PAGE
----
Reports of mental health disability increase in US

September 23, 2011

The prevalence of self-reported mental health disabilities increased in the U.S. among non-elderly adults during the last decade, according to a study by Ramin Mojtabai, MD, PhD, of the Johns Hopkins Bloomberg School of Public Health. At the same time, the study found the prevalence of disability attributed to other chronic conditions decreased, while the prevalence of significant mental distress remained unchanged. The findings will appear in the November edition of the American Journal of Public Health.

"These findings highlight the need for improved access to in our communities and for better integration of these services with primary care delivery," said Mojtabai, an associate professor in the Bloomberg School's Department of Mental Health. "While the trend in self-reported mental health disability is clear, the causes of this trend are not well understood."

For the study, Mojtabai reviewed data from the U.S. National covering 312,364 adults ages 18 to 64 years. He found that the prevalence of self-reported mental health disability increased from 2.0 percent of the non-elderly adult population from 1997 to 1999 to 2.7 percent from 2007 to 2009. According to Mojtabai, the increase equates to nearly 2 million disabled adults. He also noted the increase in the prevalence of mental health disability was mainly among individuals with significant psychological distress who did not use mental health services in the past year. Findings showed that 3.2 percent of participants reported not receiving for financial reasons between 2007 and 2009, compared to 2.0 percent from 1997 to 1999.

In a study published last month, Mojtabai and his colleagues found that prescriptions for by non-psychiatrist providers without any accompanying psychiatric diagnosis increased more than 30 percent over the last decade.

Explore further: Psychologists develop new model that links emotions and mental health

Related Stories

Psychologists develop new model that links emotions and mental health

October 19, 2017
For decades psychologists have studied how people regulate emotions using a multitude of ways to conceptualize and assess emotion regulation. Now a recent study published this week in the journal PLOS ONE by Elliot Jurist ...

'Steep rise' in self-harm among teenage girls

October 19, 2017
University of Manchester researchers have found that reports of self-harm in girls aged between 13 and 16 rose by 68 percent between 2011 and 2014. Overall, girls had much higher rates than boys.

Experiences of adoptive families inform policy recommendations

October 19, 2017
New research from the University of East Anglia (UEA) recommends increased support for adoptive families and early intervention for those at risk of breaking down.

Kidney failure's effects on the psychosocial health and lifestyle of young adults

October 19, 2017
Kidney failure is associated with lower quality of life in young people and limited employment, independence, and relationships compared with healthy peers, according to an analysis appearing in an upcoming issue of the Clinical ...

Fathers with learning disabilities 'left out of support,' study finds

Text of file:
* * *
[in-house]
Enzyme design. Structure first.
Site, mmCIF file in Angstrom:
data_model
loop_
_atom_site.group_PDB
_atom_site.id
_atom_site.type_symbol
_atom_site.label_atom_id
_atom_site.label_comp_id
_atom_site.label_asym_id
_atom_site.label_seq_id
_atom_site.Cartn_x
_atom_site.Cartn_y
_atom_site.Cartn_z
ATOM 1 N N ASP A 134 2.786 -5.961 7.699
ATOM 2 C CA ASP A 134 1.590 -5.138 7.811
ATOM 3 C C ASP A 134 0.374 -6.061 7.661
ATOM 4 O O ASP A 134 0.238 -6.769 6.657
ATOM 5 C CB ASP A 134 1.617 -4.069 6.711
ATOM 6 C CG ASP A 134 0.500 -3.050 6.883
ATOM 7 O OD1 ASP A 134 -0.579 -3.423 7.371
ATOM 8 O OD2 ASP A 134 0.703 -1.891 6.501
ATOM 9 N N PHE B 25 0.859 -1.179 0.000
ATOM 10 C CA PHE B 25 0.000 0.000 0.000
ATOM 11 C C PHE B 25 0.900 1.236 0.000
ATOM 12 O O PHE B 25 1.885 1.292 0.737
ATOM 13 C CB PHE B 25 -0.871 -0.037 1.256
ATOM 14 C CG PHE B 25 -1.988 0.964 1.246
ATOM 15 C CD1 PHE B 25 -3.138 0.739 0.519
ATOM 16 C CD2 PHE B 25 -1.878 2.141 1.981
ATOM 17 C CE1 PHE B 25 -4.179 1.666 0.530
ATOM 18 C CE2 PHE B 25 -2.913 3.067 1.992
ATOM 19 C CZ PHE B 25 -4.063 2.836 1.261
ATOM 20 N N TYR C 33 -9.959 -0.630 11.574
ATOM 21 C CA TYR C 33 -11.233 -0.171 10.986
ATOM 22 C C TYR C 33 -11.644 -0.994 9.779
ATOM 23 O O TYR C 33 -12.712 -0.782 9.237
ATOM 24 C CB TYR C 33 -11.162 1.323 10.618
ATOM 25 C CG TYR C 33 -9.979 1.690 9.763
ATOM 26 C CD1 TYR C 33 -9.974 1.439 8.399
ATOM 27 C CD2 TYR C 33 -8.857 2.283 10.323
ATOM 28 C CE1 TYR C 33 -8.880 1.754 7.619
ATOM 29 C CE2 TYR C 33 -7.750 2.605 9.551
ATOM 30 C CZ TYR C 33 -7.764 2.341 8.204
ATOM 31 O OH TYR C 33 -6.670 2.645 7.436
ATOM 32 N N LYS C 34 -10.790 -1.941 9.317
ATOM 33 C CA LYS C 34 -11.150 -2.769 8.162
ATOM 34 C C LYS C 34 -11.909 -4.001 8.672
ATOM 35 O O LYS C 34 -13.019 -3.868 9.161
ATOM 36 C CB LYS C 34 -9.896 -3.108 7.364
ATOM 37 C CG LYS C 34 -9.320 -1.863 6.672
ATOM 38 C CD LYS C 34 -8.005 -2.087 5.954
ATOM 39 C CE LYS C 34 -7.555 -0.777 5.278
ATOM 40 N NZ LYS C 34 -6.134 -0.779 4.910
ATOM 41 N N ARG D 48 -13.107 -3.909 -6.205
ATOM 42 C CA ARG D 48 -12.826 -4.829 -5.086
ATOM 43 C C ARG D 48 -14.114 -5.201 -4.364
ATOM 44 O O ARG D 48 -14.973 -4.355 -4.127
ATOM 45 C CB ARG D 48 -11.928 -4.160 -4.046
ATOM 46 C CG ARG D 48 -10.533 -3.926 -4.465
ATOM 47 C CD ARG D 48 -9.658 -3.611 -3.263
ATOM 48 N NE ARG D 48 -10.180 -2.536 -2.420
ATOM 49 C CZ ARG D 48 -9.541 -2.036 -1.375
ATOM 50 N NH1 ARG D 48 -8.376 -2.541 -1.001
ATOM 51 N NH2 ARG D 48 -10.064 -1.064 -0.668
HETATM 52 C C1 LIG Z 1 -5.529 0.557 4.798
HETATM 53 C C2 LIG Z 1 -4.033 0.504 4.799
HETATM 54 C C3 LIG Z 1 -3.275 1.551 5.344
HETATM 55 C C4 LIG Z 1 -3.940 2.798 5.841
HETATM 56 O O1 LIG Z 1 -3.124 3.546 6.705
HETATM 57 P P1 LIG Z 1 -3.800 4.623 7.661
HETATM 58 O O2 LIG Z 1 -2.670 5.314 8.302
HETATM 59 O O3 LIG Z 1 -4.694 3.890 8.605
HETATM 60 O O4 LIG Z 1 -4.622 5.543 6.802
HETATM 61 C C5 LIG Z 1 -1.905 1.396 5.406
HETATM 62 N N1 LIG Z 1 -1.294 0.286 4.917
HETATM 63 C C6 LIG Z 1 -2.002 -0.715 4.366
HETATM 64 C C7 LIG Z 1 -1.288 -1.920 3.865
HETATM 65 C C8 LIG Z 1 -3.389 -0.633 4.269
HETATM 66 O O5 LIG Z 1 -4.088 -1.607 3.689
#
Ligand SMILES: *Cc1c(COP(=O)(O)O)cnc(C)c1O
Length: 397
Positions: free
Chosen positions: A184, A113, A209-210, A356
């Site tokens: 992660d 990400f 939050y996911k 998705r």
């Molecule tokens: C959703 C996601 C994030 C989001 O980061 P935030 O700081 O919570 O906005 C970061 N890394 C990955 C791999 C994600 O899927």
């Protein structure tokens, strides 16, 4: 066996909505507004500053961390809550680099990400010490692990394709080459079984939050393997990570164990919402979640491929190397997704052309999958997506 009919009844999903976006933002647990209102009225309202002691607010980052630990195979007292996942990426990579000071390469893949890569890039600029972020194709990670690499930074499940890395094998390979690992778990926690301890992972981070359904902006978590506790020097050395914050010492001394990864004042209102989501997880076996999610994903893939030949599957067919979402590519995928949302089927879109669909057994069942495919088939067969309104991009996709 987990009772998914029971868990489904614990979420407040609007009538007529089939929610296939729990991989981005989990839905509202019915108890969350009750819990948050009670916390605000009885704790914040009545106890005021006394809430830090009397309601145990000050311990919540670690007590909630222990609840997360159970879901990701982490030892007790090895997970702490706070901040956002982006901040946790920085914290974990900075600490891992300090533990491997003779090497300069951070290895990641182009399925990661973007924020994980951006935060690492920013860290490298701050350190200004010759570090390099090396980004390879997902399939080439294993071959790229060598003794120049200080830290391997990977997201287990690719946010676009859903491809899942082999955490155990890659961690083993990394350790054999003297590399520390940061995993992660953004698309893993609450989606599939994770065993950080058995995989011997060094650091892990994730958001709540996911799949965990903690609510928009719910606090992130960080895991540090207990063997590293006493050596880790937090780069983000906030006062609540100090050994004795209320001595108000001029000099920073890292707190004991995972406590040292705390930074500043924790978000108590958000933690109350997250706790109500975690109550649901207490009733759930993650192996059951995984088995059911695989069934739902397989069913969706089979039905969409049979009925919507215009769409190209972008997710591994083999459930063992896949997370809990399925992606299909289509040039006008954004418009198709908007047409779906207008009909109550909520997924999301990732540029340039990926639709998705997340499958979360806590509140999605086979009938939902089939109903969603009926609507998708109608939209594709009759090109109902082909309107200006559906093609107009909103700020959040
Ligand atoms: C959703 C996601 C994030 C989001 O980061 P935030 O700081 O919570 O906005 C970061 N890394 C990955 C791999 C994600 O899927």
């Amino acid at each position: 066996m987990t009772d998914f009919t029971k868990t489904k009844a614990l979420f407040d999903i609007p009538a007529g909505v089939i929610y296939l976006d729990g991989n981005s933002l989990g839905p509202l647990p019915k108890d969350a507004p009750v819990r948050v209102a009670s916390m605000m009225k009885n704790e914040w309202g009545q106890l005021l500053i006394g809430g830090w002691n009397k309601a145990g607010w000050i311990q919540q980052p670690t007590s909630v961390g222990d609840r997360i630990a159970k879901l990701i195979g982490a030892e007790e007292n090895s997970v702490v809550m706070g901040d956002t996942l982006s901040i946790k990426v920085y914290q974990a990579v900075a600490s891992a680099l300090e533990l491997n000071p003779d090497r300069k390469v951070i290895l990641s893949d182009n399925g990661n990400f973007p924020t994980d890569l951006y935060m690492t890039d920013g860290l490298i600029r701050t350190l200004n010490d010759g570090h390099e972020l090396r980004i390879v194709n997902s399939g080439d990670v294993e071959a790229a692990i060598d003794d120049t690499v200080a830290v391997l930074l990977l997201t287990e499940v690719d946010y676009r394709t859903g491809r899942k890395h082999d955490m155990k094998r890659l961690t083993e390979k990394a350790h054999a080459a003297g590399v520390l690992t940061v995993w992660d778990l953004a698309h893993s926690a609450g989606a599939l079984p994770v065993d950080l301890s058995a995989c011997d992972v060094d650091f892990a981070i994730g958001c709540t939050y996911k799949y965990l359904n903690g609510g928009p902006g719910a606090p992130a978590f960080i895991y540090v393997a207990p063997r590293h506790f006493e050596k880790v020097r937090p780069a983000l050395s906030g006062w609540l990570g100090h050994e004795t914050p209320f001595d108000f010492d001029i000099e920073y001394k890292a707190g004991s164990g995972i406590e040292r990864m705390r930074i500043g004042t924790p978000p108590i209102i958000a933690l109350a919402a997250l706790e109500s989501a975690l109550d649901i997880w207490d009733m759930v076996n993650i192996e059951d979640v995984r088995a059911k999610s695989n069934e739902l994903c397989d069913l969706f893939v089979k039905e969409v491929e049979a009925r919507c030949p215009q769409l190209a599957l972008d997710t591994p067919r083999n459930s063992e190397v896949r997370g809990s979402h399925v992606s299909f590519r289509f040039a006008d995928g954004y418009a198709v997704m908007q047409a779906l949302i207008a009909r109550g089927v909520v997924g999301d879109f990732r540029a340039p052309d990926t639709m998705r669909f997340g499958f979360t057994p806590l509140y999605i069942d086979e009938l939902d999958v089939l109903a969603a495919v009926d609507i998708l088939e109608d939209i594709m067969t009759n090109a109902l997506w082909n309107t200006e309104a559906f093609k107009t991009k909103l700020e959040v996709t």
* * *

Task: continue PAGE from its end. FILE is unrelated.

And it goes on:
October 19, 2017
Fathers with learning disabilities are often let down by statutory services, which neglect to support them around parenting or focus only on mothers, a study has found.

Childhood heart disease has a profound impact and is under-recognised

October 19, 2017
We are all aware of heart disease in men and women. But childhood heart disease, and its often profound impact on the health and wellbeing of children and their families, is almost invisible.

Recommended for you

Probing how Americans think about mental life

October 20, 2017
When Stanford researchers asked people to think about the sensations and emotions of inanimate or non-human entities, they got a glimpse into how those people think about mental life.

Itsy bitsy spider: Fear of spiders and snakes is deeply embedded in us

October 19, 2017
Snakes and spiders evoke fear and disgust in many people, even in developed countries where hardly anybody comes into contact with them. Until now, there has been debate about whether this aversion is innate or learnt. Scientists ...

Dutch courage—Alcohol improves foreign language skills

October 18, 2017
A new study published in the Journal of Psychopharmacology, conducted by researchers from the University of Liverpool, Maastricht University and King's College London, shows that bilingual speakers' ability to speak a second ...

Inflamed support cells appear to contribute to some kinds of autism

October 18, 2017
Modeling the interplay between neurons and astrocytes derived from children with Autism Spectrum Disorder (ASD), researchers at University of California San Diego School of Medicine, with colleagues in Brazil, say innate ...

Study suggests psychedelic drugs could reduce criminal behavior

October 18, 2017
Classic psychedelics such as psilocybin (often called magic mushrooms), LSD and mescaline (found in peyote) are associated with a decreased likelihood of antisocial criminal behavior, according to new research from investigators ...

Taking probiotics may reduce postnatal depression

October 18, 2017
Researchers from the University of Auckland and Otago have found evidence that a probiotic given in pregnancy can help prevent or treat symptoms of postnatal depression and anxiety.

0 comments

Please sign in to add a comment. Registration is free, and takes less than a minute. Read more

Click here to reset your password.
Sign in to get notified via email when new comments are made.